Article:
While the Organization of Petroleum Exporting Countries has taken steps to rein in the global supply glut, greater production out of U.S. shale could cap gains in crude oil prices and related exchange traded funds.
“U.S. oil production may hit an all-time high in 2018 despite prices at half of 2014 levels,” Nitesh Shah, Director of Commodity Strategist at ETF Securities, and Maxwell Gold, Director of Investment Strategy at ETF Securities, said in a note, pointing to expansions in shale oil from the Permian Basin and rising efficiency in off-shore oil in the Gulf of Mexico.
According to the Energy Information Administration, crude oil product could hit 9.9 million barrels per day in 2018, which surpasses the prior high reached in 1970 of 9.6 million barrels per day.
The Permian Basin will be a key factor in the growth of U.S. oil production. Of the 940 oil rigs in operation, about 377 are in the Permian Basin. Many oil producers have also decided to drill but not complete wells in the region due to minor transportation constraints, which leaves a lot of untapped potential on the ground.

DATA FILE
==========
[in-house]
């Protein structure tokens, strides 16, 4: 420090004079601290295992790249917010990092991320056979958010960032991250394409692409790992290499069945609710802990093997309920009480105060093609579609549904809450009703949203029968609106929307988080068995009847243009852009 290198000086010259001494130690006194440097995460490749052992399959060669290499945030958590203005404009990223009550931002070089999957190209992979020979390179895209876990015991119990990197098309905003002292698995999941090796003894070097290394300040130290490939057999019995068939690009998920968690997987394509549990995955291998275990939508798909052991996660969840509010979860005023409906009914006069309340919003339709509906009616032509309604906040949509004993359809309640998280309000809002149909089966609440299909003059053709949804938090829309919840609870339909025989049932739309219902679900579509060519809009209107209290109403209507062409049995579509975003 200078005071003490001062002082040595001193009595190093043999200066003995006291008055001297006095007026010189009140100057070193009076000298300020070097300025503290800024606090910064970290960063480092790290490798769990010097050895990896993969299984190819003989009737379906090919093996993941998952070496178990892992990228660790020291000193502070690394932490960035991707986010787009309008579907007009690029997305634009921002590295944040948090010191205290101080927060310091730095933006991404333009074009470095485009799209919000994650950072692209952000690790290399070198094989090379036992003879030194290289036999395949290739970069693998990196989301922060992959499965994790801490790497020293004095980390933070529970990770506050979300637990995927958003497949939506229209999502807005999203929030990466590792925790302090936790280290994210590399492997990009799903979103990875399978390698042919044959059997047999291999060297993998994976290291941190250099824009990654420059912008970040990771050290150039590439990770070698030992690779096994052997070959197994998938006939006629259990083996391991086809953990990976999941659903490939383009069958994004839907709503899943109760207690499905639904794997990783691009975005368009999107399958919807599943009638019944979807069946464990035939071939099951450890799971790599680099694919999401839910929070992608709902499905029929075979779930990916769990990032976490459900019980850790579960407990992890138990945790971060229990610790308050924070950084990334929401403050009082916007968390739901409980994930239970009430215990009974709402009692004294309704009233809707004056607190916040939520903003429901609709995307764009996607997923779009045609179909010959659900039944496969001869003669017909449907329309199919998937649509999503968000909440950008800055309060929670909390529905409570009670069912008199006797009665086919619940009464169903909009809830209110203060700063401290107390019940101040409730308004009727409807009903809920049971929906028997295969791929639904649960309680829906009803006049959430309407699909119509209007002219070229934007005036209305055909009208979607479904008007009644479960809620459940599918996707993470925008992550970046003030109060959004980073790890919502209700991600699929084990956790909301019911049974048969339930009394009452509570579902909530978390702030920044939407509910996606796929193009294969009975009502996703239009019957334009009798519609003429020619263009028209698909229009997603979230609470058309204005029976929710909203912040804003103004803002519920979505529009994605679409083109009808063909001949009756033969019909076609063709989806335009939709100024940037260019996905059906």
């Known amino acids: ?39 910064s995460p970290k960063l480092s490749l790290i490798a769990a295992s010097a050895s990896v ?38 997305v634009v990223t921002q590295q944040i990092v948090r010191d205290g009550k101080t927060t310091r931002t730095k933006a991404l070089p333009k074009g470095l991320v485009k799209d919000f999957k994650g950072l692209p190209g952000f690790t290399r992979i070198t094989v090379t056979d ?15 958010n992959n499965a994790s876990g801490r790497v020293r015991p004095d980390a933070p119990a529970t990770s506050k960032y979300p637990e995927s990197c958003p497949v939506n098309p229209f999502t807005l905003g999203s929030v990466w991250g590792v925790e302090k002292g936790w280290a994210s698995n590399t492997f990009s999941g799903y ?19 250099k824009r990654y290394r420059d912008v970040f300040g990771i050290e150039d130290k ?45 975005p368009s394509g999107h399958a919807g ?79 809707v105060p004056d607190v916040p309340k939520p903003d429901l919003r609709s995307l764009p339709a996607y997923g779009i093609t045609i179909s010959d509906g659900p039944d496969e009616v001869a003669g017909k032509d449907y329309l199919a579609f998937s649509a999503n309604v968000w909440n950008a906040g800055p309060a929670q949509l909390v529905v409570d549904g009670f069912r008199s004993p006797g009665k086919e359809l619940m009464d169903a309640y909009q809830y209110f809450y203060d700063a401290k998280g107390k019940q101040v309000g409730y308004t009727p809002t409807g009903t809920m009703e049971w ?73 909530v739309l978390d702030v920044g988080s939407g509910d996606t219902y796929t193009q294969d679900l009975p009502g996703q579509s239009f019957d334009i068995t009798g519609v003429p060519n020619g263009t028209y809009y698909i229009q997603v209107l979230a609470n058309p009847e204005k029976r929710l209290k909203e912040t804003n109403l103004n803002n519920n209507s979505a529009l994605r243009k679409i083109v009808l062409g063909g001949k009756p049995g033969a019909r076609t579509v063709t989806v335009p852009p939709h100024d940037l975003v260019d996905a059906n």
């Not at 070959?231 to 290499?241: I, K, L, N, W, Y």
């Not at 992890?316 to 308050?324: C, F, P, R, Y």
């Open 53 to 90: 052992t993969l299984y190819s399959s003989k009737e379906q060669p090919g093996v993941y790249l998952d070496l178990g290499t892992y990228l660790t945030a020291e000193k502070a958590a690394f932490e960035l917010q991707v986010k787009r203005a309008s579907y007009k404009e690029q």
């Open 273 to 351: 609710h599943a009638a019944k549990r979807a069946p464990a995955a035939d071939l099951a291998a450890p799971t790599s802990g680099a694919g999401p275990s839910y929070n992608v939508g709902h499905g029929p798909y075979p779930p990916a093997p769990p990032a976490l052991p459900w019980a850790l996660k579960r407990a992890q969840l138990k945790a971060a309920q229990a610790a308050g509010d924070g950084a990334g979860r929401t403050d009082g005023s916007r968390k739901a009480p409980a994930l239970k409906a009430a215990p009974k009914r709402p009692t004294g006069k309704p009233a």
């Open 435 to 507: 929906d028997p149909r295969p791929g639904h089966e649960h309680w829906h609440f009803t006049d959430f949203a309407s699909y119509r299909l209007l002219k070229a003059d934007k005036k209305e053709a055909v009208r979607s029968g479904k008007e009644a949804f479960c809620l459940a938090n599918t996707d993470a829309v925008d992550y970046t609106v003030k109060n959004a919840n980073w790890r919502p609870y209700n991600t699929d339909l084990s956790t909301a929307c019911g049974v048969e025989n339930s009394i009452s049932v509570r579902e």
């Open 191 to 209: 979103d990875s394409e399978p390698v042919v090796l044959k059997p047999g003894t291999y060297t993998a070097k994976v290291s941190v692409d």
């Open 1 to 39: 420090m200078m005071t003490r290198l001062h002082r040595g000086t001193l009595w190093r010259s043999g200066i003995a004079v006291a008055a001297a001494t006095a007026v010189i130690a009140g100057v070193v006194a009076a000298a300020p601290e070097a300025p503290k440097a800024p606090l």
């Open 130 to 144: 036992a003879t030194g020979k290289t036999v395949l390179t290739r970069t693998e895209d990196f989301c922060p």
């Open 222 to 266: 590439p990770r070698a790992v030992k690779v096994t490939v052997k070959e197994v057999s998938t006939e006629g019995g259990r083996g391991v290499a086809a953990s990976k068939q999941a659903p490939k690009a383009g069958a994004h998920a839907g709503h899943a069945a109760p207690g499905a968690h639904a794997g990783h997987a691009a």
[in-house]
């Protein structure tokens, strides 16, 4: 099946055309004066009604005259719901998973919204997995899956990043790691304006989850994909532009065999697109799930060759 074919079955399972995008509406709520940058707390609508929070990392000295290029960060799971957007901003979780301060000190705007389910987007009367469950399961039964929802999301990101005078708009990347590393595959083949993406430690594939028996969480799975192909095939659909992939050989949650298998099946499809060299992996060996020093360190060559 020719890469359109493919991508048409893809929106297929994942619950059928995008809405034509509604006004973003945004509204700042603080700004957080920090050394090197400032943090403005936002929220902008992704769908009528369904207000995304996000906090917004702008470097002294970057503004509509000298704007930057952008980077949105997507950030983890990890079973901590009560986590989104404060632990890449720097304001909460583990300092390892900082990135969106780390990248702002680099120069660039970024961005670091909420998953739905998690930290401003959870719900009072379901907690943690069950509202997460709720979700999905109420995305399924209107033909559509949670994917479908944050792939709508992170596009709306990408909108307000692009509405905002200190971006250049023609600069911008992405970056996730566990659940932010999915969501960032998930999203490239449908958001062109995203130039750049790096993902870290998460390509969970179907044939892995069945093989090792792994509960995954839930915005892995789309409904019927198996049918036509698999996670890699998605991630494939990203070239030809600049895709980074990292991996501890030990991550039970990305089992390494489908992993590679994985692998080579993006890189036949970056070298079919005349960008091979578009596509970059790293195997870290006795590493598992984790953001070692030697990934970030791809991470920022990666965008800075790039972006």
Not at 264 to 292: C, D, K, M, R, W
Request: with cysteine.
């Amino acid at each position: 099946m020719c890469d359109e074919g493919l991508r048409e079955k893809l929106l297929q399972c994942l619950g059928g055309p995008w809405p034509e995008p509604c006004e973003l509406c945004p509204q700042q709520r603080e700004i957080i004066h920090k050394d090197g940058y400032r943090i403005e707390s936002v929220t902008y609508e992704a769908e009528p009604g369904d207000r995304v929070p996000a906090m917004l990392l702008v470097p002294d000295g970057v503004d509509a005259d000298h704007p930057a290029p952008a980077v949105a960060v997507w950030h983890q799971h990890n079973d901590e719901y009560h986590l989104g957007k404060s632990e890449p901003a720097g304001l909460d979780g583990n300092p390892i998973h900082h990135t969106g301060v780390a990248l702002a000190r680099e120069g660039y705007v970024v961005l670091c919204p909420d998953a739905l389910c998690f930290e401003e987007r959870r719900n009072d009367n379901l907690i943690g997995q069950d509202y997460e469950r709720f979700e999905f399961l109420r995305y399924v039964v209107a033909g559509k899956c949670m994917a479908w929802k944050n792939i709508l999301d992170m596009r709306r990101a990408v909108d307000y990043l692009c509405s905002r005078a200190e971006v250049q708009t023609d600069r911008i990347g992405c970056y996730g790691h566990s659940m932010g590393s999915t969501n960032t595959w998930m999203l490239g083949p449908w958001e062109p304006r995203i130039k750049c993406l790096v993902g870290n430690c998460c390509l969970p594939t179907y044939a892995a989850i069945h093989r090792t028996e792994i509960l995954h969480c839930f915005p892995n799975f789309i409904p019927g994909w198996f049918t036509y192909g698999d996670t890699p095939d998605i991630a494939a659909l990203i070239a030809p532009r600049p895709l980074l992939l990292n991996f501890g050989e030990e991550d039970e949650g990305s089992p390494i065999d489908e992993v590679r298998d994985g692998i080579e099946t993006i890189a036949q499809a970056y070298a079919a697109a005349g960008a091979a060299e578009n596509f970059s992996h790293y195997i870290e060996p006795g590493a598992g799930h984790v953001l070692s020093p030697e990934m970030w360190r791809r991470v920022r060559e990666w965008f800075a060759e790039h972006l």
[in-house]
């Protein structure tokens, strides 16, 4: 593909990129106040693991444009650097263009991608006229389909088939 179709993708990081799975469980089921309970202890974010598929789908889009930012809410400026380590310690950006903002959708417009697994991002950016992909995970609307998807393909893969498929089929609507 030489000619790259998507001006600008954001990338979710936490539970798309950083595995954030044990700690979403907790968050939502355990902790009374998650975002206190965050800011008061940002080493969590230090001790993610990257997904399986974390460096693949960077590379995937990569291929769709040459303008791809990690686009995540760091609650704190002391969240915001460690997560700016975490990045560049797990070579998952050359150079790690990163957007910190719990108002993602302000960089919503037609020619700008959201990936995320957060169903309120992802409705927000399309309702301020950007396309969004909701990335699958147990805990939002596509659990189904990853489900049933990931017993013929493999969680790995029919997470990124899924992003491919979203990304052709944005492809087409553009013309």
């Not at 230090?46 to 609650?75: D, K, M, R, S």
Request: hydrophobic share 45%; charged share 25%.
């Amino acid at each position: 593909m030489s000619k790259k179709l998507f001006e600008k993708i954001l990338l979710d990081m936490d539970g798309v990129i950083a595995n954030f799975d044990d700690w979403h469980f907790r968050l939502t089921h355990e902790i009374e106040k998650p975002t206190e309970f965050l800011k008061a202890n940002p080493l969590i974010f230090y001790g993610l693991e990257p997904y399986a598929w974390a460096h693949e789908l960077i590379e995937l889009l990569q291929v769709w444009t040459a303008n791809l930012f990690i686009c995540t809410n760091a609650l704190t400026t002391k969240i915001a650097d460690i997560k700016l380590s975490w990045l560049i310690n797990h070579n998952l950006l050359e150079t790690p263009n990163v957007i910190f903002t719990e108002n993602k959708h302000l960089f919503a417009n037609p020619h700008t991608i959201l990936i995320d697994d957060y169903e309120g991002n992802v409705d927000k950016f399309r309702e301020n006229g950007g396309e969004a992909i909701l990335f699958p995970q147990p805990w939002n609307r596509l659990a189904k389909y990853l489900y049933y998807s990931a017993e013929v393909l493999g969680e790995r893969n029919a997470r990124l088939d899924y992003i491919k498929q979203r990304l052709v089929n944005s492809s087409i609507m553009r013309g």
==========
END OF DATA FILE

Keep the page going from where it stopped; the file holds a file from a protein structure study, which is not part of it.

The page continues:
Furthermore, oil production in the Gulf of Mexico has been rapidly expanding despite weaker prices, with production out of the gulf already touching an annual high back in 2016, which surpassed the previous high in 2009. Off-shore oil production is also experiencing greater efficiency as cost reductions, standardization and simplification have benefited drillers as well.
“We believe that oil will trade in a range between US$40-55/barrel (bbl) over the coming year,” the ETF Securities strategists said.